UK expats in Australia facing private pension transfer problems

UK expats in Australia facing private pension transfer problems

UK expats in Australia facing private pension transfer problems

British expat retirees in Australia and those planning to arrive post-Brexit may be hit by the economic fallout resulting from the UK’s EU divorce.

Although Brexit, whatever its final result, is unlikely to have a negative effect on British pension transfers to Oz, UK retirees may well lose out on their returns as sterling crashes. According to local experts, rules governing the transfer of UK pensions should stay as they are as they’re set by the two governments involved. It’s not easy to move UK pension to Australia, and it's also expensive, but British expats whose pensions are still based in the UK are expected to lose due to the Brexit effect on the sterling/Oz dollar exchange rate.

In addition, UK expats in Oz who’re holding British investment properties are also expected to lose out as house prices fall. The same experts are also warning expat investors with shares to be aware that the inevitable UK economic downturn may hurt their returns, and are advising those with pensions still in the UK to transfer them if at all possible.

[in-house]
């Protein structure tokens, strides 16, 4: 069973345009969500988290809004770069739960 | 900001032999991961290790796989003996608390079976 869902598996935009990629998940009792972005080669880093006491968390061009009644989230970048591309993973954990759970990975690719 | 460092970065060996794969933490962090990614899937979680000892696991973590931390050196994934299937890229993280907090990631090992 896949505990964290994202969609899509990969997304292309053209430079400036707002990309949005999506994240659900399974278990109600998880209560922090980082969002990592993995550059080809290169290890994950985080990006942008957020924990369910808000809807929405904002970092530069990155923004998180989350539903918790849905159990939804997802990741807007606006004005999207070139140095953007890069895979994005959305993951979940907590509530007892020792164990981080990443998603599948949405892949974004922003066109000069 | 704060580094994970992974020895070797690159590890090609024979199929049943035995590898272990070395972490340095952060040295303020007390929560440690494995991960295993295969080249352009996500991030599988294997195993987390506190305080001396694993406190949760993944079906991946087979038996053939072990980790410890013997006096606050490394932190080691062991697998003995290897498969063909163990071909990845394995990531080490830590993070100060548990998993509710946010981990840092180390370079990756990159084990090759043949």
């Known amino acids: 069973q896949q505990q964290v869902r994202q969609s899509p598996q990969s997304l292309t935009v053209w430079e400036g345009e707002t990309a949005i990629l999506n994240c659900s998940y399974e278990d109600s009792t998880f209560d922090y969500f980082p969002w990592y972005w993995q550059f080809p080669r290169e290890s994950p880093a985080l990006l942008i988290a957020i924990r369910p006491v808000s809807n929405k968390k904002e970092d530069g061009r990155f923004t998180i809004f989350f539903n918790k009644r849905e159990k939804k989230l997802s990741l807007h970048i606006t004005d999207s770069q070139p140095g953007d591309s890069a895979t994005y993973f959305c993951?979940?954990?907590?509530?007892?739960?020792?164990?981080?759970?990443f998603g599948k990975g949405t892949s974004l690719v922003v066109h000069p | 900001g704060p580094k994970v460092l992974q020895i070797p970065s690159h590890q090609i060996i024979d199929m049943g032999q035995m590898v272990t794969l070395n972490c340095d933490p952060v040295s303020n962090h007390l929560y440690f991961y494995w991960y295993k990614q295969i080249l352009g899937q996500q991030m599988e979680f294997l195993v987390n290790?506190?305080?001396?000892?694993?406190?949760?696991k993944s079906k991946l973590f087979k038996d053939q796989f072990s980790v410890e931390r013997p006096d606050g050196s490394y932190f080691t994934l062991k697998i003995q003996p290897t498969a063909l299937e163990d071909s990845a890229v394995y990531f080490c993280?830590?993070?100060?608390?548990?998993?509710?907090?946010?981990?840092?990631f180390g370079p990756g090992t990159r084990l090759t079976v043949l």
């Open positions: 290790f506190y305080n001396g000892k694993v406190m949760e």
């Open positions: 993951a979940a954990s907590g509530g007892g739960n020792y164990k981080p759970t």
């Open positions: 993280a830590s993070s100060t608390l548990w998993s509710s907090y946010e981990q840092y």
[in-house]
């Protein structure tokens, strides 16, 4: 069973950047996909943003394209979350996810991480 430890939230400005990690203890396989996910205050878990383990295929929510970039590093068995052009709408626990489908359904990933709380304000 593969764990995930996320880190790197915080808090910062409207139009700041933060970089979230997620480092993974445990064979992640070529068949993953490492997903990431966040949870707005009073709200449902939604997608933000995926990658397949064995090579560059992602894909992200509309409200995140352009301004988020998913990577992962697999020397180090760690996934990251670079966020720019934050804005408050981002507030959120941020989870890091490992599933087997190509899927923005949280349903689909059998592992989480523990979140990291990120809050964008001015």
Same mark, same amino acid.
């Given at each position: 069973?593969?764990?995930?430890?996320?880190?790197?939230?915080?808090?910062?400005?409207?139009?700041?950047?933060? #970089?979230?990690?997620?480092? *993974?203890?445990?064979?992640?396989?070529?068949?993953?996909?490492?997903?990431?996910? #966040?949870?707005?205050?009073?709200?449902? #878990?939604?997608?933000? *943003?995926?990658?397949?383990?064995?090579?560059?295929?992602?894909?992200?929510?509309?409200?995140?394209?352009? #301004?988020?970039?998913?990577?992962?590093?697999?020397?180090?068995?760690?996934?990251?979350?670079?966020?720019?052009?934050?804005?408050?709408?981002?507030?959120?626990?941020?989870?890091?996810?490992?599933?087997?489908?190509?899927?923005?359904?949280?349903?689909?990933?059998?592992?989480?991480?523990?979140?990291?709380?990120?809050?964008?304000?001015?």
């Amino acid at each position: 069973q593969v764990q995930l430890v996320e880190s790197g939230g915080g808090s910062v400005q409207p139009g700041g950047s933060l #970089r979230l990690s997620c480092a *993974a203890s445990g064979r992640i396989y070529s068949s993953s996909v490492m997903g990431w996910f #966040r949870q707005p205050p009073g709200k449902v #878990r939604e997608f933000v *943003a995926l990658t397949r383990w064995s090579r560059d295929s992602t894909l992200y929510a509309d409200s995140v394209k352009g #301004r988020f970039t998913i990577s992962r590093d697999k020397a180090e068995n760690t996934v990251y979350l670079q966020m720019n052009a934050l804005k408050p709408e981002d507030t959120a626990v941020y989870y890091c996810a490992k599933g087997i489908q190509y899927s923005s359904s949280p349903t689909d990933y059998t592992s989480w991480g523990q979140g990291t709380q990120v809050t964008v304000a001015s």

British citizens living in Australia aren’t able to make pension transfers until they’re at least 55 years old, even in the case of hardship or medical needs, due to a restriction placed by the British government. One option could be to set up a Self-Managed Superannuation Fund (SMSF) using terms which comply with strict government criteria, but this course of action needs a considerable amount of liquid cash to comply with and ensure the fund’s viability.

Since the UK changed its rules in 2015, transfers from UK pension funds to SMSFs have become much more restricted, and Australia has limited by age the amounts able to be transferred at any one time. Those under 65 are allowed a maximum amount of $300,000 every three years, with those over 65 only allowed $100,000 per year, with the lifetime amount regulated at $1.6 million.

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